Processing Your Order...

New Customers Save $30 off $100+* with code OCTNEW30

New Customers Save $30* with code OCTNEW30

*New customers only. Order must be placed by 10/31/2017. The $30 discount is given for a single order with a minimum of $100 excluding shipping and tax. Items with pricing ending in .97 are excluded and will not count toward the minimum required. Discount does not apply to corporate orders, gift certificates, or StewardShip membership fees. No other promotion codes, coupon codes or corporate discounts may be applied to order.

Due to state regulations, we cannot ship wine to California

Schloss Vollrads Riesling Spatlese 2011

Riesling from Rheingau, Germany
  • TP94
  • WS91
  • WE92
  • WE93
  • WE93
  • RP92
  • WS91
All Vintages
Ships Fri, Oct 27
Limit 0 bottles per customer
Sold in increments of 0
Currently Unavailable $31.99
Try the 2014 Vintage 26 99
31 99
31 99
Save $0.00 (0%)
Add to Cart
1
5.0 1 Ratings
Share
Vintage Alert
Alert me when new vintages are available
Rate for better recommendations
5.0 1 Ratings

Winemaker Notes

Classic natural sweet Spatlese with nice acidity and elegant, natural residual sugar.

This wine pairs perfectly with Asian cuisine due to the harmony of sweetness and acidity. Also interesting taste combinations can be achieved through the pairing of blue-veined cheese or a fruit desert.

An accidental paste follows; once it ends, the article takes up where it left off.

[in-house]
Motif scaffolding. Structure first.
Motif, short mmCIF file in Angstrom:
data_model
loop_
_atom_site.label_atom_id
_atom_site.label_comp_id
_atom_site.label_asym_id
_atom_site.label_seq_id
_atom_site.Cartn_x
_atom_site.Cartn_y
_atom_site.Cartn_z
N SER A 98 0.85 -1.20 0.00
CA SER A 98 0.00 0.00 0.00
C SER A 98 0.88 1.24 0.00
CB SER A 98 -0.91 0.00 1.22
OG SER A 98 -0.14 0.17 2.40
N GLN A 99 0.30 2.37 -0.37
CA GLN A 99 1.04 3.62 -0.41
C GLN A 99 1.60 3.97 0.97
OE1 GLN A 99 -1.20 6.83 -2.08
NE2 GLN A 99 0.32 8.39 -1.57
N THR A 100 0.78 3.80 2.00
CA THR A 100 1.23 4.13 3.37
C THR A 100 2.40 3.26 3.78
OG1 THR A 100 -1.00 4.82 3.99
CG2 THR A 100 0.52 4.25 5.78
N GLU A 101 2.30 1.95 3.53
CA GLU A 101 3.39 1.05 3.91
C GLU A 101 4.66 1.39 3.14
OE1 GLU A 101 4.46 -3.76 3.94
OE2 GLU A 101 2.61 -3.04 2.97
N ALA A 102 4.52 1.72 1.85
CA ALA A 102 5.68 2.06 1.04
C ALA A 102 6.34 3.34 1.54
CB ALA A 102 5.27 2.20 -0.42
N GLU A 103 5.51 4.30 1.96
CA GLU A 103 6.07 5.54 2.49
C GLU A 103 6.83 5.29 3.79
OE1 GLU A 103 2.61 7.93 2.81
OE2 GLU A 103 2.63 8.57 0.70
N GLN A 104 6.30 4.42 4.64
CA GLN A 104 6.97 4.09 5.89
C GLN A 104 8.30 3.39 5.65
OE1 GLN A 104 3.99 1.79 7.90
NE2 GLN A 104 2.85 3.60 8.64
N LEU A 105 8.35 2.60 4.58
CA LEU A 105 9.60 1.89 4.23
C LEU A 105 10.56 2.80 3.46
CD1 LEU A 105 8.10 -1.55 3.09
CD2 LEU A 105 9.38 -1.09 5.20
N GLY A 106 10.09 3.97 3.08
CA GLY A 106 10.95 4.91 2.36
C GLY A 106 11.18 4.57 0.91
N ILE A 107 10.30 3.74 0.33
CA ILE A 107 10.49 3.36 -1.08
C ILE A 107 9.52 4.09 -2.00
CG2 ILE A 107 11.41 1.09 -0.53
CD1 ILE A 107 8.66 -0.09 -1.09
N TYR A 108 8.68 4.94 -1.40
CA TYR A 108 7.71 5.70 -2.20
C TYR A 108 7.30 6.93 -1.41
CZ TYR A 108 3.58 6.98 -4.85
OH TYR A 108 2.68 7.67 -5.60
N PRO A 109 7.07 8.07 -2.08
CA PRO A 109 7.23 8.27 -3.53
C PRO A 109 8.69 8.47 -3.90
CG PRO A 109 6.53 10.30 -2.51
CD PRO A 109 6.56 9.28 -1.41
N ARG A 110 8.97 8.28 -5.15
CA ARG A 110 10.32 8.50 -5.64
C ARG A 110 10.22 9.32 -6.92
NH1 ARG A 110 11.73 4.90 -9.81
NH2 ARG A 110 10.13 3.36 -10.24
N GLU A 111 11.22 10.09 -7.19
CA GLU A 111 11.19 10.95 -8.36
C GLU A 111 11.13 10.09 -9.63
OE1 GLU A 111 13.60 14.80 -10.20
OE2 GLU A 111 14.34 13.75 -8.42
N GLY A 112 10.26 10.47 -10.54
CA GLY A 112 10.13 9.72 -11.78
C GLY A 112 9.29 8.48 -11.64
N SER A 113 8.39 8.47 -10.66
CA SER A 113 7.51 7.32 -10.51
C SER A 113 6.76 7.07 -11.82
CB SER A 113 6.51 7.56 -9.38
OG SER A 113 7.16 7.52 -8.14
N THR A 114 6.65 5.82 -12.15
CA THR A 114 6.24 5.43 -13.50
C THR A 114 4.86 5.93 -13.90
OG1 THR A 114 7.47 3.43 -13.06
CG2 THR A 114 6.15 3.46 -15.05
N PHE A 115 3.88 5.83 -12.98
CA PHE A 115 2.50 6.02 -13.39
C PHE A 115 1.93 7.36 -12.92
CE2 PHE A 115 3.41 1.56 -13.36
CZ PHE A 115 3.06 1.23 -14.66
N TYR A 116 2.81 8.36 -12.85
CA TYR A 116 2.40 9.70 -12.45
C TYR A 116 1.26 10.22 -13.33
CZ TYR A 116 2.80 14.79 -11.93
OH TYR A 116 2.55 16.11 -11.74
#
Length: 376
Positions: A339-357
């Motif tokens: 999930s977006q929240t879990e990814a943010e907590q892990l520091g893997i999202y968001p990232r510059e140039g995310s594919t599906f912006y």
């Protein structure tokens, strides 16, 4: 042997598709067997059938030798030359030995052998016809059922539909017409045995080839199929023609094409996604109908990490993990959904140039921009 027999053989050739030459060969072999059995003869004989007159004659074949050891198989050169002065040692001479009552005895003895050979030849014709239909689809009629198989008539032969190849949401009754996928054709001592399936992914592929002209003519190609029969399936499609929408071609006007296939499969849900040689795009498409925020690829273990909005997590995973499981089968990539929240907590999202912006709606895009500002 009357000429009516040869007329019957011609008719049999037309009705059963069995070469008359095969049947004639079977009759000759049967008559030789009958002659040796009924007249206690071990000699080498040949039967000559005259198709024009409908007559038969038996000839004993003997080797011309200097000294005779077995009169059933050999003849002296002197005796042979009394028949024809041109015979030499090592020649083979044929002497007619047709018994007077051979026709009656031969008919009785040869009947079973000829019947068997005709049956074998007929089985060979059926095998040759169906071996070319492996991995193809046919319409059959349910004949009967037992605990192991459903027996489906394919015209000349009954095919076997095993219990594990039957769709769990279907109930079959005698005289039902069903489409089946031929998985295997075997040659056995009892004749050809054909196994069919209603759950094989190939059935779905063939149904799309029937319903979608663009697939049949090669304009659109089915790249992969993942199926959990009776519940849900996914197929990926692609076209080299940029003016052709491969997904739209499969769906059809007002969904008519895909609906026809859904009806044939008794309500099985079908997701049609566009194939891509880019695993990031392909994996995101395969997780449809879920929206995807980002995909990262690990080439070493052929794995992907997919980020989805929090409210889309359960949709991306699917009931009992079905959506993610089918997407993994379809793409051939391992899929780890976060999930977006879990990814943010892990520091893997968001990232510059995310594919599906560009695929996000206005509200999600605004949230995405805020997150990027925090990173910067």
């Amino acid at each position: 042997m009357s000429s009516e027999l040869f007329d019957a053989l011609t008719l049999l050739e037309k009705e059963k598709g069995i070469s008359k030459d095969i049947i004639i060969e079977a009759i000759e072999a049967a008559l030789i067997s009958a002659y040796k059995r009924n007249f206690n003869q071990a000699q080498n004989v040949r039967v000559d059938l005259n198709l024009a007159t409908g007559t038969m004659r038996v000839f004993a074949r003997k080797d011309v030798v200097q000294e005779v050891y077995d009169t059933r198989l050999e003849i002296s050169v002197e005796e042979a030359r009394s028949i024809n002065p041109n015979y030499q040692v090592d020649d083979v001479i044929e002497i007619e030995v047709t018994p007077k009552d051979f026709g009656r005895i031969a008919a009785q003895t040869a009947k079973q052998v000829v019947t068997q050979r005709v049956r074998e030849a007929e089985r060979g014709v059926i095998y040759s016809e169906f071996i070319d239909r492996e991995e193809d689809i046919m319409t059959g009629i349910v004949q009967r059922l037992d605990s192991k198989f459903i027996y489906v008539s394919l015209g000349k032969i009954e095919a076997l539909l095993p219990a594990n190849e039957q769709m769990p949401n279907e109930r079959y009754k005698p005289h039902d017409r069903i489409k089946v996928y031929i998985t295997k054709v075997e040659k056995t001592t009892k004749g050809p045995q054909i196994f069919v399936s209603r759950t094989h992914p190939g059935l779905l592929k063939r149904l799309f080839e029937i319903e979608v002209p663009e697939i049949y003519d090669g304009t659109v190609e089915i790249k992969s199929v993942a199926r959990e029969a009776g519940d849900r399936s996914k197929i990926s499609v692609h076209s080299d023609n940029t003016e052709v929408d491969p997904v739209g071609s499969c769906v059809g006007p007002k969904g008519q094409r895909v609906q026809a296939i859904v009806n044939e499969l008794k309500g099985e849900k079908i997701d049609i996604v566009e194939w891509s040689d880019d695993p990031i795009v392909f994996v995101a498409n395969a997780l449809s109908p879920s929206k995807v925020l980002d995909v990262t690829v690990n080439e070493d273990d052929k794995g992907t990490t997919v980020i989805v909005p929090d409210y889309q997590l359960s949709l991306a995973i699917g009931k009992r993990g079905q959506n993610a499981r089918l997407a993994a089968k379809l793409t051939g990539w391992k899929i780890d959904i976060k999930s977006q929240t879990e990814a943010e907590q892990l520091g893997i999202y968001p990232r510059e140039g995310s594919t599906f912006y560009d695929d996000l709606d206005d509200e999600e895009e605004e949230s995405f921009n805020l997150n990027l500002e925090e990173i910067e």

Critical Acclaim

All Vintages
TP 94
Tasting Panel

This wine fermented slowly for 14 weeks; the result is exquisite depth and complexity; sweet, floral and elegant with amazing notes of peach, raspberry, apple blossoms and honey; delicate, elegant and long.

WS 91
Wine Spectator

Offers a lively mouthfeel, with upfront notes of mineral and white pepper that are supported by zesty acidity. Candied ginger and melon flavors are firm and focused, with lithe honey and creamy accents that echo with citrusy elements.

View More
Schloss Vollrads

Schloss Vollrads

View all wine
Schloss Vollrads, , Germany
Schloss Vollrads
Schloss Vollrads can look back on centuries of wine-making tradition. According to an ancient deed, the Knights of Greiffenclau sold their wines to the convent of St. Victor in Mainz as long ago as 1211. Today, Schloss Vollrads combines 800 years of its tradition with the latest in wine-making engineering, environmental awareness in cultivation, and meticulous care of the wines. Some 126 acres of vineyards are solely devoted to the Riesling grape.

The distinctive quality of Schloss Vollrads wines is derived from the combination of well-thought out measures, not least the absolute consistency in continuing to grow Riesling grapes. Moreover, the stringency in limiting the harvest by pruning the vines, the careful tending of the vineyards working on the latest ecological know-how, the late selective hand-picking of the grapes, their pressing, the individual storage of the juices and the careful supervision of the maturing process of the wines are just some of the distinctive features involved.

South Africa

View all wine